• There is a long list of other issues created by this proposal which, to our knowledge, has yet to be addressed. To our knowledge the questions of serious noise and light pollution created by buses passing in front of our homes 100 times a day and on weekends, have not been properly considered or addressed. Similarly, other impacts of buses on these residential streets and neighbourhoods such as exhaust, traffic flows, litter, etc., have not been addressed. In our view, it would be foolhardy in the extreme, indeed negligent for LTC to go ahead with this, without discussing the traffic and land use planning problems, and other problems, and the options, more carefully. It is not sufficient to say that these matters will or may be addressed. The very real risk is that the route will be a fait accompli,

leaving little if any incentive or room to address the problems, or to consider alternatives. Unless the proposed route is stopped immediately, work on trying to address the environmental, traffic, planning and other issues will be futile, and the neighbourhood will be stuck with the problems.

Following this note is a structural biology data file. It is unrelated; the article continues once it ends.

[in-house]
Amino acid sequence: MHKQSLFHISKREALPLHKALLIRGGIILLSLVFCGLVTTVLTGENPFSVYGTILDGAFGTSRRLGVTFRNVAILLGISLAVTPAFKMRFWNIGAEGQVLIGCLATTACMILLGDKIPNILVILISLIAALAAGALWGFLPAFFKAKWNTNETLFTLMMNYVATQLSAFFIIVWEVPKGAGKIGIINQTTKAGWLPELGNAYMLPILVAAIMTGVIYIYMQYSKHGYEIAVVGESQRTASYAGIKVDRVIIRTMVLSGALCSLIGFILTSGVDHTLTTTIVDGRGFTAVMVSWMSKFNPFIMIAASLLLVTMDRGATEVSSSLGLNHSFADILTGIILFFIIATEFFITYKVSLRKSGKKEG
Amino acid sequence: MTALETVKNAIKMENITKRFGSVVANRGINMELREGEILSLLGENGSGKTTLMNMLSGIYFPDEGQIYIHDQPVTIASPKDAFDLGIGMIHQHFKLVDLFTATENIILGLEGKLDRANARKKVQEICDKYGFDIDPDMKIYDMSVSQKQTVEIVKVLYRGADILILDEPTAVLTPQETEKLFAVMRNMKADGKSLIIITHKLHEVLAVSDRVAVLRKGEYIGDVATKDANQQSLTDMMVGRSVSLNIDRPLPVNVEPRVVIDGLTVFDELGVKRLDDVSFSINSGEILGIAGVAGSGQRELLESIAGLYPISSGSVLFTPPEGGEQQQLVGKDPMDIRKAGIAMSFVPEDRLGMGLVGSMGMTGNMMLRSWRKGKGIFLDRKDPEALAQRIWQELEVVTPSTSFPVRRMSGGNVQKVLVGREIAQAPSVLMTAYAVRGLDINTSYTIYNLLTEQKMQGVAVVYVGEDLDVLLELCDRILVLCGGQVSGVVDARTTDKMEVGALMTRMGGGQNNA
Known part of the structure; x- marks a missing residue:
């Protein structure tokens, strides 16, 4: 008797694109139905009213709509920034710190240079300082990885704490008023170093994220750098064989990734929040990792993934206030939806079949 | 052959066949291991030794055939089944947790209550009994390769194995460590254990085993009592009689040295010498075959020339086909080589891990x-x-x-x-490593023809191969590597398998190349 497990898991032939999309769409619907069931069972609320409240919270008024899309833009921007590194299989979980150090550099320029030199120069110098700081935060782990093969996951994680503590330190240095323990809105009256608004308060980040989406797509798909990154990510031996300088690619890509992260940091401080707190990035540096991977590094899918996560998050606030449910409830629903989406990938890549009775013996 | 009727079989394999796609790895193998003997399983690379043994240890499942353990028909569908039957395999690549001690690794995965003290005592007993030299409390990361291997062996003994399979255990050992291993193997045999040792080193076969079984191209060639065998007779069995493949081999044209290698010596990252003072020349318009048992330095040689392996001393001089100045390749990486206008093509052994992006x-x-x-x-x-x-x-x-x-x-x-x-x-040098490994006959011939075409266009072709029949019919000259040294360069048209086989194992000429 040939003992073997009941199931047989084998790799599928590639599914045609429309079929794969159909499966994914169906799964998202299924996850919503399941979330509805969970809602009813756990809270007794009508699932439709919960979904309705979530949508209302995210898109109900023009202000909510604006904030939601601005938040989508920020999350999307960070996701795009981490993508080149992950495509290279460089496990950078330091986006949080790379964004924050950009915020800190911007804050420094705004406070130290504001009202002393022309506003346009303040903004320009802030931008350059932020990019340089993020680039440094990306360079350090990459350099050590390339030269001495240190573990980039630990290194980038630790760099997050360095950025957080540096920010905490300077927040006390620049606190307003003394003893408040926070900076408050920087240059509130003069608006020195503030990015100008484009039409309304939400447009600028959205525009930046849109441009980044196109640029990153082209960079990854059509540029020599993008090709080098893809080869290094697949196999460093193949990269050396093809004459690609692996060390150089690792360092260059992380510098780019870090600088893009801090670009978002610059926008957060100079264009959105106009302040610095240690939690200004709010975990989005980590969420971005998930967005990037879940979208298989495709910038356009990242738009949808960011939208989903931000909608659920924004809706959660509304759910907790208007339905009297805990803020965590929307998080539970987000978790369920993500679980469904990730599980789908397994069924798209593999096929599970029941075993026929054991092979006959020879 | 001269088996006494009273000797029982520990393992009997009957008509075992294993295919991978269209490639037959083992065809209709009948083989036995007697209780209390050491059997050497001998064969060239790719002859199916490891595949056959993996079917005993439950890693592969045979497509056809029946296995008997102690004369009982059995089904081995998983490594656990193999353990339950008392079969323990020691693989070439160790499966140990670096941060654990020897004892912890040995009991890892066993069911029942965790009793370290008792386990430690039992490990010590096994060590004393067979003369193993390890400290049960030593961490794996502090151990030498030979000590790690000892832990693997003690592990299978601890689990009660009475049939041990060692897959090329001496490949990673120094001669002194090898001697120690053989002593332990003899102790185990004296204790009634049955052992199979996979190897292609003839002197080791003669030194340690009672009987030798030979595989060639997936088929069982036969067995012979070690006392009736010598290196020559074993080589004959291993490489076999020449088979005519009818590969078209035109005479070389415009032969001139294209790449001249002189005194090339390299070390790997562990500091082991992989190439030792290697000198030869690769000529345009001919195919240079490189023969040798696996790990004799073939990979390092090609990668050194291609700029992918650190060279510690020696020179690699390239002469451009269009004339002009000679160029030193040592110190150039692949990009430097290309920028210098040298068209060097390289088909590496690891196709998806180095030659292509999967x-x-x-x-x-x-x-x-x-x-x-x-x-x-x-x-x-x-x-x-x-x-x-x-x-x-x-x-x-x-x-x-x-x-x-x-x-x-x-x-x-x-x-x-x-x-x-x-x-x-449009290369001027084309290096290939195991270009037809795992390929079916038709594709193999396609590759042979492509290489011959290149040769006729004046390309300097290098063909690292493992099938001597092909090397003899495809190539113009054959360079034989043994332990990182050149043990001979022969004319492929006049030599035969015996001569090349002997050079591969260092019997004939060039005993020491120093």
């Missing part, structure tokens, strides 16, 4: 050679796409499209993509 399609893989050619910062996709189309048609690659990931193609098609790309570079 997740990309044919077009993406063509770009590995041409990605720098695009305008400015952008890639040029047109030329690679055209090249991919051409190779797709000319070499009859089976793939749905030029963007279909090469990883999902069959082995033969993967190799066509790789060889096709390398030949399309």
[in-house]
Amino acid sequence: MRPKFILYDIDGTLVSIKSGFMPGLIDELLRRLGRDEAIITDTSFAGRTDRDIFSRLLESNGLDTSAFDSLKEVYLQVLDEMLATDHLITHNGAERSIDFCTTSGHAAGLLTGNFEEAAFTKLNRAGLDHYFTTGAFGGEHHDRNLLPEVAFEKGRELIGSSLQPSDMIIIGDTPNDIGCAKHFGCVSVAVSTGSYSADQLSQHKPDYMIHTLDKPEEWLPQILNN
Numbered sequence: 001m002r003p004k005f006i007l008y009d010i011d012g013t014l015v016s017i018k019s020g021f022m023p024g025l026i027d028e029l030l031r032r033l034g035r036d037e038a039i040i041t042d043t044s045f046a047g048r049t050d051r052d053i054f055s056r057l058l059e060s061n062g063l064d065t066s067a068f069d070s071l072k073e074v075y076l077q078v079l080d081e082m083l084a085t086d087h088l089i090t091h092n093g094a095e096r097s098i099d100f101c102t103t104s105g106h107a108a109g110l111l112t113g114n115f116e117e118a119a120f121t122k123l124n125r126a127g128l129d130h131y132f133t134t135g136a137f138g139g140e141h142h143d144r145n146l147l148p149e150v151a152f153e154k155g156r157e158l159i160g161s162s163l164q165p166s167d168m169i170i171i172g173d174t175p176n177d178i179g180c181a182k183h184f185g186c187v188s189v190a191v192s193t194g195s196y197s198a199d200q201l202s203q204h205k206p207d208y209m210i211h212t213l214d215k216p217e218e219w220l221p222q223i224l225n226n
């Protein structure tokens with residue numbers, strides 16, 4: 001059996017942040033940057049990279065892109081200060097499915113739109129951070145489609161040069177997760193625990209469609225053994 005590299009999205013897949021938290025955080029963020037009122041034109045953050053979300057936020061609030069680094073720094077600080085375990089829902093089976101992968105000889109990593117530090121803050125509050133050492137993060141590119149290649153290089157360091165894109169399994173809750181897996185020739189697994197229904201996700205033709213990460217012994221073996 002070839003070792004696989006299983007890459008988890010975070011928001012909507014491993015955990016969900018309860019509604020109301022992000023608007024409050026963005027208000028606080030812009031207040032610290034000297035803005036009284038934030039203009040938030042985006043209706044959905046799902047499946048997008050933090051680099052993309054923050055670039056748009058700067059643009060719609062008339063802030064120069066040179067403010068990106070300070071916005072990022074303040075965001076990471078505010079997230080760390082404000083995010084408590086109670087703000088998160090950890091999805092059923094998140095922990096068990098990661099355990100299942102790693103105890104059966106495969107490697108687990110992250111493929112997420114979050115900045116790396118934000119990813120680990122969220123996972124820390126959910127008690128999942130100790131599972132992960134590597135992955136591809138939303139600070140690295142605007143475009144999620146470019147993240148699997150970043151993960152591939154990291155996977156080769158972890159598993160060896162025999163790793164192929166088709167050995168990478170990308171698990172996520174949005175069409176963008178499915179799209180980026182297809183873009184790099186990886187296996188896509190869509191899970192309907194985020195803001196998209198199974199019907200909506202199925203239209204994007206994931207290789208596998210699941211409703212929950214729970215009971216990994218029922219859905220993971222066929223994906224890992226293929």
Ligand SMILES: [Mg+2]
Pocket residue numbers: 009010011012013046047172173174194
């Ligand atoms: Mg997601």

Most municipalities want and aim to establish and preserve healthy, established, single-family residential neighbourhoods like these. One way they accomplish this is by directing bus and other traffic onto main traffic arteries, not running buses through them. LTC’s Director of Planning has stated the reasons for the proposal, and that it is not related to the BRT. LTC has made it clear that it wanted public input on the proposed route, and the public has provided input. The majority of the public has said that it does not want the route. LTC should pay attention to that, and not proceed with it.

In response to the reasons given for the route, we have the following comments. This neighbourhood has thrived nicely for decades, without this bus route. Some of the reasons for that, include the ones noted above. Most people agree that buses should be on main traffic arteries, not on quiet residential streets like Regent and Colborne. The residents on this route have never wanted or needed more buses. The reasons for that include the fact they are within walking/biking distance of most of their destinations, including downtown, King’s, St. Joe’s Hospital, Western, etc.